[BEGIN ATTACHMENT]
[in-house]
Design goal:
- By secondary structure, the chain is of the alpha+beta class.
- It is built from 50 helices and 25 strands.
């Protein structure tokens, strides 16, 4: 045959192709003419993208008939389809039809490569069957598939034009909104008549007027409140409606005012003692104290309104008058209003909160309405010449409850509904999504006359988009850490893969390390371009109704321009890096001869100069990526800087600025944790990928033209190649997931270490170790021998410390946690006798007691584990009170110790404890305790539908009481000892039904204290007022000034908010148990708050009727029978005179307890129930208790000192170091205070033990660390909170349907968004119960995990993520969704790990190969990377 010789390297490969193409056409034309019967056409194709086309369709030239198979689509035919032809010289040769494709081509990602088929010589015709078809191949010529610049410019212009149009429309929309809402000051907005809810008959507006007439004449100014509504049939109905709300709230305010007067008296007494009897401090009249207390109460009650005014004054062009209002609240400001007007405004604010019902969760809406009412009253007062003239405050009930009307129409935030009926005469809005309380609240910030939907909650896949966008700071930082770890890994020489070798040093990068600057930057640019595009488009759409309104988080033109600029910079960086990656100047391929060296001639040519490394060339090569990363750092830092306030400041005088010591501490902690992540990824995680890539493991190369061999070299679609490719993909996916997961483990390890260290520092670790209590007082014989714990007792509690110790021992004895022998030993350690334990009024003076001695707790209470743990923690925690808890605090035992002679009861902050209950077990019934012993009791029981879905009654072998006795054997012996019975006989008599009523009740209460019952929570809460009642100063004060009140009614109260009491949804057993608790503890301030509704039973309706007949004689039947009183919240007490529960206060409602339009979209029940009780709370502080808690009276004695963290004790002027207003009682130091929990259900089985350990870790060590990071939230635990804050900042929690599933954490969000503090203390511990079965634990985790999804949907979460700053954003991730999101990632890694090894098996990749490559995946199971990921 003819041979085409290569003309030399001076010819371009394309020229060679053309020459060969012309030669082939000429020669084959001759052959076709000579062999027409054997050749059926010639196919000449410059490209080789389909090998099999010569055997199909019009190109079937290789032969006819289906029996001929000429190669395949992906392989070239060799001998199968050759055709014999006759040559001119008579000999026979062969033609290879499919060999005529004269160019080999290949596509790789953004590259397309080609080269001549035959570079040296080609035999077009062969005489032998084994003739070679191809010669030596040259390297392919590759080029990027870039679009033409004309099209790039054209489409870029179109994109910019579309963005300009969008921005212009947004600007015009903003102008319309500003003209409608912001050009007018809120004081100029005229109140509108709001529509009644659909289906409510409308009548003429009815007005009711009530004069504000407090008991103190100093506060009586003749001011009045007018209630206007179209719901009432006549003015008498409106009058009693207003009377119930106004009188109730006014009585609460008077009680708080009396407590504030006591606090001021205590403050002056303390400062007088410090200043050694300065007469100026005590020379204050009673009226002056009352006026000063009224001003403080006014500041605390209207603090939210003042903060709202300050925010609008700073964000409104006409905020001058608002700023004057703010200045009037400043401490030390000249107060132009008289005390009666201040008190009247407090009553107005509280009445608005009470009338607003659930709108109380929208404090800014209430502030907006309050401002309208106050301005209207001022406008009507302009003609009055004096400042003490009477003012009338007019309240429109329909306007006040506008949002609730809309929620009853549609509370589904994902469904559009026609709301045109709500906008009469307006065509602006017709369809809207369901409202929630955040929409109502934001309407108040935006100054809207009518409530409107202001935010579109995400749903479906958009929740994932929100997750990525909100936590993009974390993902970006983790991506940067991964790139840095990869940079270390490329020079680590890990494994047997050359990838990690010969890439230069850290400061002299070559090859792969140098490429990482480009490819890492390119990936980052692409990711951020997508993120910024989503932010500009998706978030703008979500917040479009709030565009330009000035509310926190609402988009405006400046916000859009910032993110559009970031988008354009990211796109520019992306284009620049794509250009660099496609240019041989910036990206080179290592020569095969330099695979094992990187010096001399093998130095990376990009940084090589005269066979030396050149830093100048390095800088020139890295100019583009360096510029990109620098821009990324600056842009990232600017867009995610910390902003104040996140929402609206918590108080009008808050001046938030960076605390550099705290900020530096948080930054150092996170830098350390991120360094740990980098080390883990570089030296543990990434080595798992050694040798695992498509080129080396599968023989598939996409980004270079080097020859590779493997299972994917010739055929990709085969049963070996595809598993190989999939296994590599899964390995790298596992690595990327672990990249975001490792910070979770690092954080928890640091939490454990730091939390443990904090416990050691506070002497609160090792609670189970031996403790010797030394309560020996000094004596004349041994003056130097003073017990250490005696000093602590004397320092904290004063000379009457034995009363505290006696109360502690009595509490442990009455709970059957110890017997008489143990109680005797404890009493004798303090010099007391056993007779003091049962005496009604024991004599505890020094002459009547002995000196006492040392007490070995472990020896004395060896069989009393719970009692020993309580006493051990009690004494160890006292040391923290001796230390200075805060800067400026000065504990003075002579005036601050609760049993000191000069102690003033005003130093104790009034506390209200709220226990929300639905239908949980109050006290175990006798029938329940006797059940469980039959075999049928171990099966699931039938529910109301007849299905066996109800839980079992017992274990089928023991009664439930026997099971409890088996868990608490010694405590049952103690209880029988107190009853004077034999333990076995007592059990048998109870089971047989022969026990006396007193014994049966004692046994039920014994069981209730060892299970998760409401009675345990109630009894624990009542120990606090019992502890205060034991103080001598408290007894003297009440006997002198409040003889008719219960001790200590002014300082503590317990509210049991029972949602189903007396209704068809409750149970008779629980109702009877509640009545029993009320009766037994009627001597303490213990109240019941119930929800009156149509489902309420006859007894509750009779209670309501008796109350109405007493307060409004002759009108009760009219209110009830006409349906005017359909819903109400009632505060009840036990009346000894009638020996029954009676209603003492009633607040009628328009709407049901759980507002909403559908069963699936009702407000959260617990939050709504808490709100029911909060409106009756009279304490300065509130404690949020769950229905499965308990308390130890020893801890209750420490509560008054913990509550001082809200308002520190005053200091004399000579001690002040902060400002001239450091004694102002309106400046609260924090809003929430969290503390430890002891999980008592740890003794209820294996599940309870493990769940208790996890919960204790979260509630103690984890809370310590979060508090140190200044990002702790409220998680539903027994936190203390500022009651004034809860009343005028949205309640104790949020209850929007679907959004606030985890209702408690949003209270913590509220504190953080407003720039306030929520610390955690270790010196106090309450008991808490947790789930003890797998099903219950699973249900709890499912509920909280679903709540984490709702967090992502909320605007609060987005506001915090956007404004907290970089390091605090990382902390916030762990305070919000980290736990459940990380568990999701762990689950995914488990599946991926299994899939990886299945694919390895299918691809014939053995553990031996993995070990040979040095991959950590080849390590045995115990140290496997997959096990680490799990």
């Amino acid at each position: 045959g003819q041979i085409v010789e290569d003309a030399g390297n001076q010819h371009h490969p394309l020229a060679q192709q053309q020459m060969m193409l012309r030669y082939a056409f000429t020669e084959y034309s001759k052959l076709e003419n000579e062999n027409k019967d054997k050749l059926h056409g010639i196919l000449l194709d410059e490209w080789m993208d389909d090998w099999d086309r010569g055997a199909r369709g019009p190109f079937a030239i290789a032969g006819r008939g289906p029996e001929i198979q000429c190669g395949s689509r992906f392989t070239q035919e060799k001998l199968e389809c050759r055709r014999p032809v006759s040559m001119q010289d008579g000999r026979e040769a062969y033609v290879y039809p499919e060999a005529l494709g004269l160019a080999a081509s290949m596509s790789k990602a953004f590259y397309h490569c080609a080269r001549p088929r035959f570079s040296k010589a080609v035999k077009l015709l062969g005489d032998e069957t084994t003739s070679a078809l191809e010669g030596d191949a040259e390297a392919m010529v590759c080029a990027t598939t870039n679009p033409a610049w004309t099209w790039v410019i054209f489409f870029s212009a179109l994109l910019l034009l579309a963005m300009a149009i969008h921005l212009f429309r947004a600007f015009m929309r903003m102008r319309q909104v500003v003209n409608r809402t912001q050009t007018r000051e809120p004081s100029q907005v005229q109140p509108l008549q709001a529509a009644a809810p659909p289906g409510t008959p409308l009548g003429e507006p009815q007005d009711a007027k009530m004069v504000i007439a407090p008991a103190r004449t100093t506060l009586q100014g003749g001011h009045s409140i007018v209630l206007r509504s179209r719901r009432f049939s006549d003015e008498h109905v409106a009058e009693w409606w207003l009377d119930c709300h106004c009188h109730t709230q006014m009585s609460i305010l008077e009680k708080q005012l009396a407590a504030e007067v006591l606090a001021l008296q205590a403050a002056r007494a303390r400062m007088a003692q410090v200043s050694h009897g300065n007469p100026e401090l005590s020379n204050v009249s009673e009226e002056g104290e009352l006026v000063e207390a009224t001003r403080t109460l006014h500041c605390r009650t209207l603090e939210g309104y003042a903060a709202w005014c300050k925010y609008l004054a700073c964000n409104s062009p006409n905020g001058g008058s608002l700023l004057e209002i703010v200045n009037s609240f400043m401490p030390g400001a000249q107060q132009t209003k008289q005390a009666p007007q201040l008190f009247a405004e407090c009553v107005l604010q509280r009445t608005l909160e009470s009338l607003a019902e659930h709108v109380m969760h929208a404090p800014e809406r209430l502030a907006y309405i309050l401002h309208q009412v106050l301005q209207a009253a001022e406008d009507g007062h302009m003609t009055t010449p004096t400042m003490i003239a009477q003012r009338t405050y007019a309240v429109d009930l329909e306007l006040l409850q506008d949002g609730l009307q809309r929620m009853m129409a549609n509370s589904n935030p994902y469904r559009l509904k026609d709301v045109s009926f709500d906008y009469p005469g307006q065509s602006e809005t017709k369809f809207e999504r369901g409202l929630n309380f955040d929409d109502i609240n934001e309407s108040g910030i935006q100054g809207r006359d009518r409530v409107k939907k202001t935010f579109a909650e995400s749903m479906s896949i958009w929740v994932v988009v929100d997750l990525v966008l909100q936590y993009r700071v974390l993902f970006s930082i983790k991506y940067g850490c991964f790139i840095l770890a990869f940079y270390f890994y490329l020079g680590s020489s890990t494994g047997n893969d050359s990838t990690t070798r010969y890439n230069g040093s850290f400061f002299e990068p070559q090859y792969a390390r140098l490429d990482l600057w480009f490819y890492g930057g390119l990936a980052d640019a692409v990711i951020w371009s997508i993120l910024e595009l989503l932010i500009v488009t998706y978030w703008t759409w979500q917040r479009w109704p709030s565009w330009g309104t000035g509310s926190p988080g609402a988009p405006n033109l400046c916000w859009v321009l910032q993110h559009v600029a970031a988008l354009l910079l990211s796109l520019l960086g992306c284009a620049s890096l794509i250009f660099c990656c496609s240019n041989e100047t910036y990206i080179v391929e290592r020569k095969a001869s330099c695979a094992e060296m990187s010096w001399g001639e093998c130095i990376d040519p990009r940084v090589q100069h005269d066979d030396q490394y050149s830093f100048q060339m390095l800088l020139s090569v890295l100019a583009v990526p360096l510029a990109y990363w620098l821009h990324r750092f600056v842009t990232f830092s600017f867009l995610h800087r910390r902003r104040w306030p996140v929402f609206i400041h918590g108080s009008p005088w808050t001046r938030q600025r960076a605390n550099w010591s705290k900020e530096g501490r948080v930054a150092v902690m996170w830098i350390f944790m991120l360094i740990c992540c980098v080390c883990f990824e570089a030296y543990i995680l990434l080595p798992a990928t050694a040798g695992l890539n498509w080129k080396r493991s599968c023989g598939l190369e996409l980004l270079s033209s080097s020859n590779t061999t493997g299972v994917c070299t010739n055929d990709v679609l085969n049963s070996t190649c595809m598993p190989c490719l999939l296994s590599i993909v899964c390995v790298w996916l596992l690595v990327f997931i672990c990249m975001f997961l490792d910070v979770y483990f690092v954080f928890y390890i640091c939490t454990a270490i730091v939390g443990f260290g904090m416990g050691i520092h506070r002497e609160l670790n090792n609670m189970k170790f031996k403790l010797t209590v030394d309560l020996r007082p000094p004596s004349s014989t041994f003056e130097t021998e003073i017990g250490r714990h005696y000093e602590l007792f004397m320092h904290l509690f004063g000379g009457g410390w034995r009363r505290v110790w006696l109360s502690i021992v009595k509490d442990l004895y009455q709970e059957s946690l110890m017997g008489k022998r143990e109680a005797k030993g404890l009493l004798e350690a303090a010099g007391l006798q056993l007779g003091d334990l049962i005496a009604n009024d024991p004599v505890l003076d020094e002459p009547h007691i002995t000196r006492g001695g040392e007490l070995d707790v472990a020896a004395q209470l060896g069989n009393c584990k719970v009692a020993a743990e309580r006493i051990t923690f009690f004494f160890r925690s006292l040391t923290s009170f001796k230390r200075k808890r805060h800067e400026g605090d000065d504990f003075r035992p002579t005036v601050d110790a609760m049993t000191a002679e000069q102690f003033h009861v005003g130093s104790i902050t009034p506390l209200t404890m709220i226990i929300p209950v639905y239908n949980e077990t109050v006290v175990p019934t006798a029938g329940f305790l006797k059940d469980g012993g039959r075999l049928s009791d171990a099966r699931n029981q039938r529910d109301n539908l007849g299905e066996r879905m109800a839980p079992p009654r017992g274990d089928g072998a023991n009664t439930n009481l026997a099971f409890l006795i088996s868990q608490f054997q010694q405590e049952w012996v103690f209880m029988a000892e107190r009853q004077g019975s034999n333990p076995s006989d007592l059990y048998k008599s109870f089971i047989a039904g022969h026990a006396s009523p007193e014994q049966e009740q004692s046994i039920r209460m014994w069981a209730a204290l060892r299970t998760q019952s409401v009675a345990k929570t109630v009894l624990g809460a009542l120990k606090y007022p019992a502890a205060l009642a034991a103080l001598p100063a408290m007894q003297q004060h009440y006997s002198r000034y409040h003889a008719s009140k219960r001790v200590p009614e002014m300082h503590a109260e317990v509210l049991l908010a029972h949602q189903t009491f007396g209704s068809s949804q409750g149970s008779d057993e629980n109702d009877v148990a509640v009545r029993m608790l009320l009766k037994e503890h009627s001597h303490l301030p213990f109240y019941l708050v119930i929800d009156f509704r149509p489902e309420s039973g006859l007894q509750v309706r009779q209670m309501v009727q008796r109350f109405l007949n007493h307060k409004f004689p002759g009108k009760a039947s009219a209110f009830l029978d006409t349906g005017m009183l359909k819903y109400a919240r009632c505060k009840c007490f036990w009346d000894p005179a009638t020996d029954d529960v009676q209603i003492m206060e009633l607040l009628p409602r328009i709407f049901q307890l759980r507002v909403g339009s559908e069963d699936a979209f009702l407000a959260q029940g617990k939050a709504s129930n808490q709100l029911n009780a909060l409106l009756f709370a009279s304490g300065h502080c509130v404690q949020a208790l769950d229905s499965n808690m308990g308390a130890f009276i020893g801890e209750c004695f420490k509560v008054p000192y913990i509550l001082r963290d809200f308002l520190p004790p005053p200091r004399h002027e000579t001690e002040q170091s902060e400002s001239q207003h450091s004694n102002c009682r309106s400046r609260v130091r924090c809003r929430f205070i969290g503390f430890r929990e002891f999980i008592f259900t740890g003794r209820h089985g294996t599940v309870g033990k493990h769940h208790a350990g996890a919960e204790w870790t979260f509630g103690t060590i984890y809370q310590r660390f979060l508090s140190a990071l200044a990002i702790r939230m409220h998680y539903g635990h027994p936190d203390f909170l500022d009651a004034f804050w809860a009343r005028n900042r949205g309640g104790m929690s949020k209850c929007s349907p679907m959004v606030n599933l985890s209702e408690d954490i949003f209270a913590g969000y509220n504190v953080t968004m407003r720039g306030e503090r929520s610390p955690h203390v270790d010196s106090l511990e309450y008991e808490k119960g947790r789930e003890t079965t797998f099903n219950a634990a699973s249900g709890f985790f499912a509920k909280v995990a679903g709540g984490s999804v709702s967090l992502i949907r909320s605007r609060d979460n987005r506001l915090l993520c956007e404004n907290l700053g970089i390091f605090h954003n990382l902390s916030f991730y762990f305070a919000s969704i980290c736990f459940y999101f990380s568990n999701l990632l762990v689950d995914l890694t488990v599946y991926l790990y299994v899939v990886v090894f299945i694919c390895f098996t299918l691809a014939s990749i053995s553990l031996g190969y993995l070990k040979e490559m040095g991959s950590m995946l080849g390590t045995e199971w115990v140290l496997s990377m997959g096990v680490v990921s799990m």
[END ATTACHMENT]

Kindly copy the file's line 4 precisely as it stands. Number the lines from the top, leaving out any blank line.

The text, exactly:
- It is built from 50 helices and 25 strands.